Arrhythmia is an uncontrolled, disordered or irregular heartbeat. It may be faster or slower than usual.

What is arrhythmia?

Arrhythmia is when your heart beats in a disordered way. Instead of the steady rhythm, it may beat faster, slower or miss beats. You may also have palpitations, which is when you can feel your heart beating loudly in your chest.

These are often prolonged and accompanied by other symptoms, like breathlessness, making it difficult to get on with everyday activities.

The most common reason for arrhythmia is that your heart’s internal pacemaker, which sends electrical signals to make your heart beat, isn’t working normally.

There are different types of arrhythmia. The most common is atrial fibrillation, an irregular and fast heart rhythm. It’s often a sign of an underlying problem such as coronary heart disease.

Other abnormal heart rhythms include:

  • Atrial flutter – a very fast, irregular heartbeat
  • Heart block, or bradycardias – when your heart beats very slowly
  • Tachycardias - fast heart rates

Untreated arrhythmia increases your risk of heart attacks and strokes and can impact on your everyday life.

How to tell if you have arrhythmia?

A normal resting heart rate for an adult is around 60 – 90 beats a minute but will be higher if you’re exercising or excited.

From time to time, you might notice that your heart feels as though it’s beating quickly, slowly or loudly. It might also miss a beat, called an ectopic beat. This is quite normal, there’s no reason to worry.

However, you should see a doctor if you have any of these symptoms:

  • Breathlessness
  • Frequent palpitations
  • Chest discomfort
  • Dizziness or fainting
  • Tiring quickly

Talk to your doctor if you’re concerned about symptoms

You can book an appointment with a Spire private GP today.

Book an appointment

Diagnosis and tests for arrhythmia

If your doctor suspects arrhythmia they’ll arrange these tests:

  • An ECG (electrocardiogram) - to check your heart rhythm
  • Ambulatory ECG – if they want to check your heart rhythm over a 24-hour period

They’ll also check for other related conditions, such as:

  • Coronary heart disease
  • High blood pressure

As well as other factors which could increase your risk of having a stroke.

Your doctor may ask about any family history of heart problems, as sometimes abnormal heart rhythms are inherited.

They’ll refer you to a cardiologist (a doctor specialising in heart and circulation) if they suspect another underlying cause, such as valve disease or coronary heart disease. These can be detected with other tests including:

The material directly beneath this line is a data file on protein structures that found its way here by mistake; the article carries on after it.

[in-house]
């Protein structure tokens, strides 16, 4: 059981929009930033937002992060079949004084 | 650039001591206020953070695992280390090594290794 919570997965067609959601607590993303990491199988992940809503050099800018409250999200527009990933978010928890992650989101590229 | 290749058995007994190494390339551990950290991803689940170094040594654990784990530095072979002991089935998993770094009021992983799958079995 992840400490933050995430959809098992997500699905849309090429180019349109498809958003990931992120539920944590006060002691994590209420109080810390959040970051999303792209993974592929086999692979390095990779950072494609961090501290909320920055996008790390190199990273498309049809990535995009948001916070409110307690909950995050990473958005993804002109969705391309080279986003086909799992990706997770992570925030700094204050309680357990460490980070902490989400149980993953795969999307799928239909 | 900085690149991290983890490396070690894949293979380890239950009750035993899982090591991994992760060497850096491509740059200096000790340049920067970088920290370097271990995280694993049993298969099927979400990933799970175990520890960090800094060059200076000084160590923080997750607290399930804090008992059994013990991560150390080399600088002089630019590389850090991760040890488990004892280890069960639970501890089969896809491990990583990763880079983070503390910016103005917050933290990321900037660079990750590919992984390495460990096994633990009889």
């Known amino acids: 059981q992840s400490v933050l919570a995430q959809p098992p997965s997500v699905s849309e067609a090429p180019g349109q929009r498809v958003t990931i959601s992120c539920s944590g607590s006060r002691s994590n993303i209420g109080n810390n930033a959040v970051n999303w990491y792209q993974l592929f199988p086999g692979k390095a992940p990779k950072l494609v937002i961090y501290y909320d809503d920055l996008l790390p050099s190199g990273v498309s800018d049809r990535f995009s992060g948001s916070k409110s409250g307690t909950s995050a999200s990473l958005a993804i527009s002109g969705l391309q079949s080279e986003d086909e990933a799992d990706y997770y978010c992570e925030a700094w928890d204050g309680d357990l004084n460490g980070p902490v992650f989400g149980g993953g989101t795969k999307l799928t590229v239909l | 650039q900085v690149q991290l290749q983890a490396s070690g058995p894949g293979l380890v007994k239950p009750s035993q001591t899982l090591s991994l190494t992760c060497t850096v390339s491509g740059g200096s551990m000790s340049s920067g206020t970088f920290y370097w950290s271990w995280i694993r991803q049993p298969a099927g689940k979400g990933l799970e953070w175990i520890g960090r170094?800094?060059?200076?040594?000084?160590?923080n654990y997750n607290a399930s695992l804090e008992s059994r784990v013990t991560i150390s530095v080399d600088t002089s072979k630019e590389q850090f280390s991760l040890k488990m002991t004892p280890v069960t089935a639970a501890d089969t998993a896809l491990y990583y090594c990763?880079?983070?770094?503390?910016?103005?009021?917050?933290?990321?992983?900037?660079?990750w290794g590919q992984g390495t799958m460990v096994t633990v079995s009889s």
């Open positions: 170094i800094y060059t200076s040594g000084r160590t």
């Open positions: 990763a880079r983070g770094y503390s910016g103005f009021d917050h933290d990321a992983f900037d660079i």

• A chest X-ray
  • Echocardiogram
  • A cardiac CT Scan
  • A cardiac MRI Scan

Causes of arrhythmia

There are many causes of atrial fibrillation, including:

Common treatments for arrhythmia

Your doctor will probably prescribe these medications:

  • Beta-blockers or calcium channel blockers to control your heart rate
  • Anti-coagulants to prevent blood clots and reduce risk of a stroke or heart attack

They’ll also advise you about lifestyle changes you can make, such as:

  • Reducing alcohol
  • Losing weight

If you’re referred to a cardiologist, they may offer these procedures:

  • Cardioversion – uses electrical signals on your chest to correct your heart rhythm
  • Catheter ablation – a thin wire is passed into the heart to pinpoint and neutralise the area causing the faulty heartbeat

Or surgeries to implant one of these small electrical devices to control your heartbeat:

  • Implantable cardioverter defibrillator (ICD)
  • Pacemaker

Get in touch

112540
True
general

Marketing Information

Spire would like to provide you with marketing information about products and services offered by Spire and by selected third-party partners. If you do not consent for us to process your personal data for marketing activities, we will still be able to contact you about your enquiry.

We may contact you by email, SMS or phone about your enquiry. If we try to contact you by phone (mobile and/or landline) and you are not available, we may leave you a voicemail message. We may also use your details to contact you about patient surveys we use for improving our service or monitoring outcomes, which are not a form of marketing.